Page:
Upon learning he suffered from a debilating motor neuron disease that is often fatal, a young Hawking didn't simply succumb to his fate but instead married and returned to his studies with eager enthusiasm. It was during this time he wrote extensively on and against the prevailing theories which garnered him public recognition and lead to writing a book that explained the creation of the universe in simple, layman's terms. With 'A Brief History of Time,' Morris reveals the man behind the genius, an inspiring and motivating figure that saw the destructive force of black holes full of possibilities and answers rather a moribund finality. Answers for some of our most central questions are an innate goal of all, but Hawking has brought us one step closer to understanding the mind of God.
The Blu-ray: Vital Disc Stats
Errol Morris's 'A Brief History of Time' comes to Blu-ray as a two-disc combo pack courtesy of The Criterion Collection (spine #699). The Region A locked, BD50 disc is housed inside the distributor's standard clear keepcase with a DVD-9 copy sitting comfortably underneath. Also included is a 32-page booklet featuring an excellent essay entitled "Macrobiography" by author and film professor David Sterritt and an excerpt from Stephen Hawking's memoir My Brief History. There are no trailers before being greeted by the standard menu screen with static photo and music.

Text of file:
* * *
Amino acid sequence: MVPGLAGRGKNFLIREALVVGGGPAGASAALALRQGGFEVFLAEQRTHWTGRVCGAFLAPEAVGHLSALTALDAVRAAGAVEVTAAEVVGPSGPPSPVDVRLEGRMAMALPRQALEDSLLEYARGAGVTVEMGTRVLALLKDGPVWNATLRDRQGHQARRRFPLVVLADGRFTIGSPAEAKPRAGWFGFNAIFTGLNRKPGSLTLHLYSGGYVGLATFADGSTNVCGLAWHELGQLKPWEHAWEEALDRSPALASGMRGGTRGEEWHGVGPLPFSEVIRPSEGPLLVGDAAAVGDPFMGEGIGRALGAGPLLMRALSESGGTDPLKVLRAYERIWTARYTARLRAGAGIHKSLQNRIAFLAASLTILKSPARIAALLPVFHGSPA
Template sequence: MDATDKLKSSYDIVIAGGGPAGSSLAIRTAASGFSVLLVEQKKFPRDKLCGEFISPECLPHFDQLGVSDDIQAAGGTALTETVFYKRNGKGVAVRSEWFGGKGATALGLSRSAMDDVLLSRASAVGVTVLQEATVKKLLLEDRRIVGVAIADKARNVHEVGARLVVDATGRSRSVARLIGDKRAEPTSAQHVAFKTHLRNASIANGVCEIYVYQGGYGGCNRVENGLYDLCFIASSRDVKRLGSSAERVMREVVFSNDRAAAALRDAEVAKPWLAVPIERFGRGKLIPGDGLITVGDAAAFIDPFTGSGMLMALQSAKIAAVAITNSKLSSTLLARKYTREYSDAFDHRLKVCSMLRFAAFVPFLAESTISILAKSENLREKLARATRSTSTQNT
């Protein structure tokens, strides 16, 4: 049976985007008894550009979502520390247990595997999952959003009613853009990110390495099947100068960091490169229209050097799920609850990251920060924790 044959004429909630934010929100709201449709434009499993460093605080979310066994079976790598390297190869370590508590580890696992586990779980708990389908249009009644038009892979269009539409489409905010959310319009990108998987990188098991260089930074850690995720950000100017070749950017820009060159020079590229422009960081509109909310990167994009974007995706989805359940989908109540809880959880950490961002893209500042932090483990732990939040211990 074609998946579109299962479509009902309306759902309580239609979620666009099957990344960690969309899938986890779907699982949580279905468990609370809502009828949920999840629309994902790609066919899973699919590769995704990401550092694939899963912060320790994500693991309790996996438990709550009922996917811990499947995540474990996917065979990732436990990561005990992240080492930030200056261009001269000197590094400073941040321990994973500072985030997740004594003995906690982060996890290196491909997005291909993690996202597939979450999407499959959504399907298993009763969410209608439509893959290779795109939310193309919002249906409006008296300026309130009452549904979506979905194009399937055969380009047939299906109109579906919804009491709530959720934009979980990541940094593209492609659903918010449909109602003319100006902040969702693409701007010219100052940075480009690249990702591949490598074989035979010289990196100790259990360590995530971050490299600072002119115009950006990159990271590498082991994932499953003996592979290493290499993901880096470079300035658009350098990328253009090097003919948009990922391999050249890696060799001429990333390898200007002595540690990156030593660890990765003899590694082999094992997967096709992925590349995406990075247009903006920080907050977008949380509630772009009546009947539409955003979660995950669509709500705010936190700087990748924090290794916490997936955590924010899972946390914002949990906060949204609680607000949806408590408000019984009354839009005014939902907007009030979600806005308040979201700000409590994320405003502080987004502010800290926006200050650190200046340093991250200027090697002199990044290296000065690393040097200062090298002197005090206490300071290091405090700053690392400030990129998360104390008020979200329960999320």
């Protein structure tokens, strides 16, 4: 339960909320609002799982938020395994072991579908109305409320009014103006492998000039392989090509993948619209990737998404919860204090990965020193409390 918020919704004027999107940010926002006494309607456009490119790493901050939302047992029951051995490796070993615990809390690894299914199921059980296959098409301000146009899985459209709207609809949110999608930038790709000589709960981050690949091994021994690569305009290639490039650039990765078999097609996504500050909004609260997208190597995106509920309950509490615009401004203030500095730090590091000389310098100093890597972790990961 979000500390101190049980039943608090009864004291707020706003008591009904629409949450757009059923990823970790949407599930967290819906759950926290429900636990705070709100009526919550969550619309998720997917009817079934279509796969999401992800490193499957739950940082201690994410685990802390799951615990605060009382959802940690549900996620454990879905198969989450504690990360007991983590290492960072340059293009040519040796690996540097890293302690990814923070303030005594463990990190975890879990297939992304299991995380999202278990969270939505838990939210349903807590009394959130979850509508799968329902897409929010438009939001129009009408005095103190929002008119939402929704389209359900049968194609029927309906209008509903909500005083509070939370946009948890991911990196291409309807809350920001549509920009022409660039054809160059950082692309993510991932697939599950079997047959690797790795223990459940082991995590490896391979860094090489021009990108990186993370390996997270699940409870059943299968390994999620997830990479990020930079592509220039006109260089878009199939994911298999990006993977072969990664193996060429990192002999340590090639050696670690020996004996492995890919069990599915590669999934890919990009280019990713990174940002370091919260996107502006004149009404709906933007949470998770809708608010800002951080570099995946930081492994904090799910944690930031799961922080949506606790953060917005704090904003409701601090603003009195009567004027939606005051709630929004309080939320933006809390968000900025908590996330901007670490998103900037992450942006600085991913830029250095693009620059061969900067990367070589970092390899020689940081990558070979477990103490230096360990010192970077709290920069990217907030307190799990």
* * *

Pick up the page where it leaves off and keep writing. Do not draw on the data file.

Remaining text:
According to the accompanying booklet, this spectacular 1080p/AVC MPEG-4 encode was created from the original 35mm camera negative and scanned in 4K resolution. Aside from old personal photos and a few badly-aged segments, the overall presentation is highly detailed with crisp, distinct lines in clothing and furniture. Facial complexions appear natural and quite revealing while colors are cleanly-rendered and bold, especially blues and greens. One of the more impressive aspects is the cinematography by John Bailey, who personally supervised the restoration process. Awash with a very fine and consistent layer of grain, the 1.85:1 image displays terrific three-dimensional depth and clarity. Contrast and brightness are spot-on with brilliant, clean whites and deep, penetrating blacks. In the end, this is a fantastic high-def transfer from Criterion.
Like the video, the audio was taken from the original 4-track magnetic strips, but unlike the video, the presentation is not quite as impressive. Don't get me wrong, the DTS-HD Master Audio is in great shape and enjoyable for what it is, but there's little in the overall design that engages the viewer. Granted, being a documentary, what ultimately matters is the quality of the vocals, and in that respect, the lossless mix does superbly, delivering every inflection and intonation in the voices of interviewees with crisp, detailed clarity. Although front imaging is well-balanced, there are only a few moments in the entire 89-minute runtime to fully appreciate it. The overall dynamic range is uniform and unfluctuating with a mostly silent, almost non-existent low end. Some sequences offer minor activity in the rears, but they are so light and barely audible to be negligible. Nevertheless, the high-rez track does the job well and adequately.
From documentary filmmaker Errol Morris, 'A Brief History of Time' is more of a biography on renowned physicist Stephen Hawking than a discussion on his best-selling book. It's a fascinating and stunning film that mixes personal anecdotes of his youth with brief discussions on the science, revealing the inspiring and motivated man behind the genius. The Blu-ray from Criterion arrives with an excellent audio and video presentation that fans will appreciate, but sadly, the bonus features are in short supply. Nevertheless, the overall package makes a wonderful addition to the collection.